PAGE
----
Macklemore may try to strike a balance between serious thoughts and serious grooves, but its unclear if he even knows where that balance is. Instead, it seems he compartmentalizes the two sides to sell off to two different audiences. This is extremely apparent on back-to-back tracks late in “The Heist.” “White Walls” is a painfully inane ode to his Cadillac, with lyrics like “In my C-A-D-I-L-L-A-C bitch / Can’t see me through my tints / I’m riding real slow.” If it’s a parody, it’s hard to tell—he even employs gangsta rapper Schoolboy Q to drop the stereotypical verse about cars, women, and cocaine. The very next track, he turns around and skewers the record industry for stealing profits and diluting artistic identity. Is all of his music genuine? Is he forcing his party side or his socially conscious side? Will the real Macklemore please stand up?

Counterpoint By Andrew R. Chow

CON: A couple of weeks ago, I received an email from a dear friend of mine who badly wanted to see some new rapper at the House of Blues. “I’m grooving real hard to Macklemore lately,” he wrote. “It should be an insanely fun show.” He linked a song by the rising rapper, and for the next three minutes, I was as hooked as he was. “Thrift Shop” grabbed me right from the opening funk-tastic sax riff and held on all the way through its coat-flinging, onesie-rocking climax. Here was a fresh new rapper, I thought, who had innovative production, a nasty flow, and a sense of humor all at the same time.

Nope. I wish I had ended my interest in Macklemore right there, because a large portion of his music is insufferably generic and uninspired. Rather than cutting against the grain, the Seattle-based rapper slides right into the horde of college-rap pretenders who have come to dominate dorm-room parties for the past few years. His production is largely the opposite of funky: plodding piano chords, treacly synthesizers, and familiar-sounding drum machine beats that are good mostly for jumping up and down and pumping a fist in the air. His choruses are dominated by extremely general, faux-inspirational sentiments: “This is the moment / Tonight is the night / We’ll fight till it’s over.”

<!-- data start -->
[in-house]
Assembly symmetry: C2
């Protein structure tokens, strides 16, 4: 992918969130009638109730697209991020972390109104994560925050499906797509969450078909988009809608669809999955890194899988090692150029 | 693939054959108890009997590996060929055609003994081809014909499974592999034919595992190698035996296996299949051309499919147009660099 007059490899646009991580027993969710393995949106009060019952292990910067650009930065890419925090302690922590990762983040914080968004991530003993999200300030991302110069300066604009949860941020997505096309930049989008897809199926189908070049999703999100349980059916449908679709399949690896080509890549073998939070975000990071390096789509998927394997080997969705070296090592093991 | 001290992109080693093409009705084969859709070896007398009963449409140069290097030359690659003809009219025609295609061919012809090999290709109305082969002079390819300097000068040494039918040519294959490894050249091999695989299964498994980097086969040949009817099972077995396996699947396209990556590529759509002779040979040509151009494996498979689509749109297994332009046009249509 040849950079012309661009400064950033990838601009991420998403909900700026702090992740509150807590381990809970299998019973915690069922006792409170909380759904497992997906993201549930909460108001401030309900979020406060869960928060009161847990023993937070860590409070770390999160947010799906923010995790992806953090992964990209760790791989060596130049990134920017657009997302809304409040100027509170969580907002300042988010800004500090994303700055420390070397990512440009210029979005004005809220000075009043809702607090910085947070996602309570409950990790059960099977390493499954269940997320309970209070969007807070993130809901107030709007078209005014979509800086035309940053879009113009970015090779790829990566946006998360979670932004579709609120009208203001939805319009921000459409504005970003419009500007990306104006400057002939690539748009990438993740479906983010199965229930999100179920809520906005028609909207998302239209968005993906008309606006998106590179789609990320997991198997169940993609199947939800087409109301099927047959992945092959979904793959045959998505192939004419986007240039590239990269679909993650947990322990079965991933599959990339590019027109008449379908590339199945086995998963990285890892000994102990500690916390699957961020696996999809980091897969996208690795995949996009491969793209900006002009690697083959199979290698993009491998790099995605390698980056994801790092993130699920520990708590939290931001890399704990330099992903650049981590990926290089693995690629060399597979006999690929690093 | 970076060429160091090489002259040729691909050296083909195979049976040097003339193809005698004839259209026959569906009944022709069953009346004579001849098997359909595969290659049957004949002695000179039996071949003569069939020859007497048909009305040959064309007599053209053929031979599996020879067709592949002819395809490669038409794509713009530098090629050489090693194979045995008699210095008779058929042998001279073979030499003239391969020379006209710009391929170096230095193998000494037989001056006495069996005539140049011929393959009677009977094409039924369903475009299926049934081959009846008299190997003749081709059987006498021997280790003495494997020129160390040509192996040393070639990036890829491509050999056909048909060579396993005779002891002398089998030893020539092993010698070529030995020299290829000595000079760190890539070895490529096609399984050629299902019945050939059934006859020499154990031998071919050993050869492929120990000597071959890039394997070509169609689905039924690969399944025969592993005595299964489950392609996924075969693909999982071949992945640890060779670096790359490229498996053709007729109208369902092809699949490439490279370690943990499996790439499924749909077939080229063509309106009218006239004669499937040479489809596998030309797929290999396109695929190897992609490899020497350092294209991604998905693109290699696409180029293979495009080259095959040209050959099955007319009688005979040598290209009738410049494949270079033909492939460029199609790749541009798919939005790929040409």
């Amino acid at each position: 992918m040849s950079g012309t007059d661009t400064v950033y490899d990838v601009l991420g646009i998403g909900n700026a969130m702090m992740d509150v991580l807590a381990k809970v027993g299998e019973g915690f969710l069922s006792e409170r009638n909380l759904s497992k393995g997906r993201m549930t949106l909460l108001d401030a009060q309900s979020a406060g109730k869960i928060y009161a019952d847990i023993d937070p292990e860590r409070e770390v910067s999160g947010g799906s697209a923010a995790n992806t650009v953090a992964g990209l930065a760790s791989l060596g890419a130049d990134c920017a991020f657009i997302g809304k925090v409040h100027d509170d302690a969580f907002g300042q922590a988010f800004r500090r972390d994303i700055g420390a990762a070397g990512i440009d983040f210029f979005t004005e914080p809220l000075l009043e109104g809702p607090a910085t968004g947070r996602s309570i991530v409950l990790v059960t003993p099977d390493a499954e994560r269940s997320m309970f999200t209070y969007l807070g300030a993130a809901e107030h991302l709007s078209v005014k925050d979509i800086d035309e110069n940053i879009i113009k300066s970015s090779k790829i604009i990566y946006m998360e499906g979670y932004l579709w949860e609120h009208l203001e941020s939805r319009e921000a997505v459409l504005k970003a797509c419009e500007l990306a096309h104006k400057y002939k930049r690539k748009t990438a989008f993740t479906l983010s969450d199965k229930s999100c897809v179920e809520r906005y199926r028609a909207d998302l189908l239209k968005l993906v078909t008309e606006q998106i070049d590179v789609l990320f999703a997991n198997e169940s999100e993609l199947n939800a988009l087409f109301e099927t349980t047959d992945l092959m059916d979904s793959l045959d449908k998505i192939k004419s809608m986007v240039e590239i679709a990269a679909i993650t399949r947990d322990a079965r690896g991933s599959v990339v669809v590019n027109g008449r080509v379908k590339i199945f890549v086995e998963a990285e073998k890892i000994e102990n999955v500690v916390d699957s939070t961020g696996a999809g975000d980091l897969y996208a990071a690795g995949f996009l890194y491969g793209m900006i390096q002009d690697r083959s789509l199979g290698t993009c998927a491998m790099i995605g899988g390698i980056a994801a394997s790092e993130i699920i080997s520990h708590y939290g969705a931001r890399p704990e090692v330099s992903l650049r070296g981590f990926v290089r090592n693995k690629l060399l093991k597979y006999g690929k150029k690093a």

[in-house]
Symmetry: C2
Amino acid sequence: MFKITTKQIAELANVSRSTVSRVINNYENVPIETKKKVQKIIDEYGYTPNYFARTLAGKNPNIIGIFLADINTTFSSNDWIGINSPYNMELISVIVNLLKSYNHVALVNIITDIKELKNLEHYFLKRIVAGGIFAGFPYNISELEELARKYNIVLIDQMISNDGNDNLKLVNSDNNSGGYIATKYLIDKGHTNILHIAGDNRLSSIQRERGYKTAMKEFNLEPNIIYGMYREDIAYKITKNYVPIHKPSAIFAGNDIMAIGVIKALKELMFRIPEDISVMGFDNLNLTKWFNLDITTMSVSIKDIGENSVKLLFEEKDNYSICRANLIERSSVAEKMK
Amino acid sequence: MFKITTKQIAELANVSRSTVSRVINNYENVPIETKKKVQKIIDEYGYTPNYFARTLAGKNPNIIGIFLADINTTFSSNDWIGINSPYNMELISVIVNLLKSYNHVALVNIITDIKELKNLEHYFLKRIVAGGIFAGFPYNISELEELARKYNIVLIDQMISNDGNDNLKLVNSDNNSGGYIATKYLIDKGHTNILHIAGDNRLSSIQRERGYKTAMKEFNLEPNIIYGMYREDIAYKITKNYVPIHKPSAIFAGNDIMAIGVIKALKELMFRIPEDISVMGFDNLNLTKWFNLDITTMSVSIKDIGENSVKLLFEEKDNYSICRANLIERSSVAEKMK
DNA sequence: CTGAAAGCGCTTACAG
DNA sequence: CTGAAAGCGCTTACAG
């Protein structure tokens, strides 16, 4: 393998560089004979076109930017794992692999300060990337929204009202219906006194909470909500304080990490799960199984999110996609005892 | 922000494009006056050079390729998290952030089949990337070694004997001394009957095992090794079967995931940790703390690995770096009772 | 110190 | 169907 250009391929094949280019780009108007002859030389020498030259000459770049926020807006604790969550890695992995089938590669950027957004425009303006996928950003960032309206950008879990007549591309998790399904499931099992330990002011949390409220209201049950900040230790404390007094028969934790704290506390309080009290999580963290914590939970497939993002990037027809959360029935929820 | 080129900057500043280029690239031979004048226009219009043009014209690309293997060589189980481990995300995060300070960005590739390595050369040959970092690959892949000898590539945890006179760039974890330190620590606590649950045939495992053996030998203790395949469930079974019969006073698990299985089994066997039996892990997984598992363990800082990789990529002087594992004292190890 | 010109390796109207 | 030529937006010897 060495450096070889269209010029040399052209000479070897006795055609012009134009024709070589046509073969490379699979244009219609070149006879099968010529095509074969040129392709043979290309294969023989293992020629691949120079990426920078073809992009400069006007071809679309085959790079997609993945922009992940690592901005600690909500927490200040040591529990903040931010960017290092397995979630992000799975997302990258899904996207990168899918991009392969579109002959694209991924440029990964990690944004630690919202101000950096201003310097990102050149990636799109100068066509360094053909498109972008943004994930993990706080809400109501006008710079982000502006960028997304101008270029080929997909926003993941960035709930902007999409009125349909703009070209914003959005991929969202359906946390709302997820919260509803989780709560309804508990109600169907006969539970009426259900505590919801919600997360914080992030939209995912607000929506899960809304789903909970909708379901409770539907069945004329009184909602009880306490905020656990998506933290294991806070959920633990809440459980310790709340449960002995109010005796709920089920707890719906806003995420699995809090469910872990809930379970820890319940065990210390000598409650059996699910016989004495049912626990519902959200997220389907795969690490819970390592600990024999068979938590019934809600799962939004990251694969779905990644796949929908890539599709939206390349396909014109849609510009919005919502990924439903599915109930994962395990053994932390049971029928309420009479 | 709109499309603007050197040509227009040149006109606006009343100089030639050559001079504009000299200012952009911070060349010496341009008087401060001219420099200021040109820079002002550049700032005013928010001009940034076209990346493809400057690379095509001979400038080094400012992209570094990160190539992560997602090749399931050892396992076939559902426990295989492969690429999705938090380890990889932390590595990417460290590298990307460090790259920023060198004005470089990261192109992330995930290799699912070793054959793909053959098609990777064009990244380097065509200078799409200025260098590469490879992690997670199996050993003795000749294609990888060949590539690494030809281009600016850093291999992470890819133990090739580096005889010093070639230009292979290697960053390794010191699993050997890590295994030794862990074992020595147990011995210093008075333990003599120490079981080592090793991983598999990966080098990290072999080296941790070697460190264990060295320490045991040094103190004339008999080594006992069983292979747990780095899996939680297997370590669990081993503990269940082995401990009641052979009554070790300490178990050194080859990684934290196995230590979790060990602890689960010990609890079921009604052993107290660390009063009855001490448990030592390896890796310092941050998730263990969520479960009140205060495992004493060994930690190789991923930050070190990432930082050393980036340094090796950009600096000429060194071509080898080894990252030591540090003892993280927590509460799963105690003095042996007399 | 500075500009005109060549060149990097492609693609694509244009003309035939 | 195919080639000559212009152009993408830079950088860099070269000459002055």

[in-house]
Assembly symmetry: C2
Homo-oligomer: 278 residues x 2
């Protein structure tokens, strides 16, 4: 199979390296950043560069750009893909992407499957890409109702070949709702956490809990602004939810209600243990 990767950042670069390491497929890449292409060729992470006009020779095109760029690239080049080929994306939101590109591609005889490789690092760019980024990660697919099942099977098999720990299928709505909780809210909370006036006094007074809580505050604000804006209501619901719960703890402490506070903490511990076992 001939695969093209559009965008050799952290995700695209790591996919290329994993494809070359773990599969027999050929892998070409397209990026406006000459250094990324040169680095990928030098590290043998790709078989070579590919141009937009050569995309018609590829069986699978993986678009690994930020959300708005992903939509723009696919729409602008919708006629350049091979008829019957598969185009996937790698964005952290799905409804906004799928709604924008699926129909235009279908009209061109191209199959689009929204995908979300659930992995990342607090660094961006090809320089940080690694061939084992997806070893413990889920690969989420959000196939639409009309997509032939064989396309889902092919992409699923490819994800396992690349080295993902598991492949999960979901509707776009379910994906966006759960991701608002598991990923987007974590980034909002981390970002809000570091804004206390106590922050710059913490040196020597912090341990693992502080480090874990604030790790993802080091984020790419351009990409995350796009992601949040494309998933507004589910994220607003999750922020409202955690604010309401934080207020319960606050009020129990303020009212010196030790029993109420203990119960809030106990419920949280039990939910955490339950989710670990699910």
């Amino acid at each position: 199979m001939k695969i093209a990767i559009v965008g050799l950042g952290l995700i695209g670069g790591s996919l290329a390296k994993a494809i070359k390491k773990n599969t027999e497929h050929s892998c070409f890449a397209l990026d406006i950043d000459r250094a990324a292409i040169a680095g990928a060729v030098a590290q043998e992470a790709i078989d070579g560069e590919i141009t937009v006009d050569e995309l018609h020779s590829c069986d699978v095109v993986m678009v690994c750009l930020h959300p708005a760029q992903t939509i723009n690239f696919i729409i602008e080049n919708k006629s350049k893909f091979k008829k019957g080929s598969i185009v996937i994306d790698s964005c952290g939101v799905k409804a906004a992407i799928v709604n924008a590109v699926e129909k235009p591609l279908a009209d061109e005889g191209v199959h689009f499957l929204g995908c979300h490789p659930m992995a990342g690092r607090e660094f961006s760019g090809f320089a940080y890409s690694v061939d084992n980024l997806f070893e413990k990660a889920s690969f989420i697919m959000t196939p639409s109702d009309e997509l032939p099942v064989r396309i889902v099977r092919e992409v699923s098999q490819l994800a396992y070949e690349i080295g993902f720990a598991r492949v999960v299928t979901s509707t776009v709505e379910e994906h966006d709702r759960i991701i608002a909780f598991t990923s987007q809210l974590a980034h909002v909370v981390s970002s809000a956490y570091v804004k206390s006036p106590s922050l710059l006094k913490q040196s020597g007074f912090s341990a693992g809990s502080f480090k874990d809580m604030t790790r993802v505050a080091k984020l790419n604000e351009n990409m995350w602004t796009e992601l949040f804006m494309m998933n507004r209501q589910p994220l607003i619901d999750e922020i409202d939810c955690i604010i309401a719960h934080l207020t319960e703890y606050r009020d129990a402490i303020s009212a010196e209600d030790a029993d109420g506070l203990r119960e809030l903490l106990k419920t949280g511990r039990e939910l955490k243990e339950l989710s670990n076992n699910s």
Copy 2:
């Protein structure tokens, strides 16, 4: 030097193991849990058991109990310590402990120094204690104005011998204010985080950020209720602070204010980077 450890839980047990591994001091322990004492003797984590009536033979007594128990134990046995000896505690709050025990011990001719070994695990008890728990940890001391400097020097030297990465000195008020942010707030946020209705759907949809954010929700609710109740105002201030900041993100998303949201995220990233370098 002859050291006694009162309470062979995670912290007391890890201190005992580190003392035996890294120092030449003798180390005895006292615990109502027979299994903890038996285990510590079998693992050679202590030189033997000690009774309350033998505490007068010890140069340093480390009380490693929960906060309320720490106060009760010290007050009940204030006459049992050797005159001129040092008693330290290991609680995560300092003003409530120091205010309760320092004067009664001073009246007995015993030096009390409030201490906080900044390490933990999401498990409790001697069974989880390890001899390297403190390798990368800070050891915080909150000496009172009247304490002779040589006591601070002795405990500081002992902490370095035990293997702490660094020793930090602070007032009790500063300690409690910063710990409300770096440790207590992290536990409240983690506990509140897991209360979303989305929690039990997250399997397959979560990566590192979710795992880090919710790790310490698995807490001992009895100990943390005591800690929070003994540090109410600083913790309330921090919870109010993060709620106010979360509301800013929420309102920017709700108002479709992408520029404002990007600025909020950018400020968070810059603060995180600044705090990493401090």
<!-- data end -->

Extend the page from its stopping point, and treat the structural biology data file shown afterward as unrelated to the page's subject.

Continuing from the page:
Macklemore’s rapping itself is equally disappointing. He becomes trite and heavy handed on his slower songs and vacuous on his party anthems. "Make the money, don't let the money make you / Change the game don't let the game change you," he declares proudly, as if this was an original or clever line.

Now, I am well aware that music is allowed to (and at times should) be simple and fun, and that Macklemore raps about important topics like same-sex equality and drug abuse. But the style and material all feel heavily tread upon, and it is a shame that a man so clearly capable of personality could get squeezed into the mold and stripped of identity so easily. “David Bowie meets Kanye shit?” Not quite.

—Staff writer Andrew Chow can be reached at andrewchow@college.harvard.edu.

Rebuttal by Alexander Tang

I disagree that Macklemore phases into the formless mass of mediocre frat rappers. The production on The Heist may venture from funky at times, but I posit that it ventures into other territories such as tastefully-reserved and refreshingly-clean. The most striking example of this is the track “Bombom,” which displays a degree of instrumental experimentation seldom found on hip-hop albums. While I would admit that Macklemore does not possess a Wilde-esque command of language, nor does he harbor any Shakespearean philosophic revelations, but I argue that he does more than well enough to create a compelling rap album.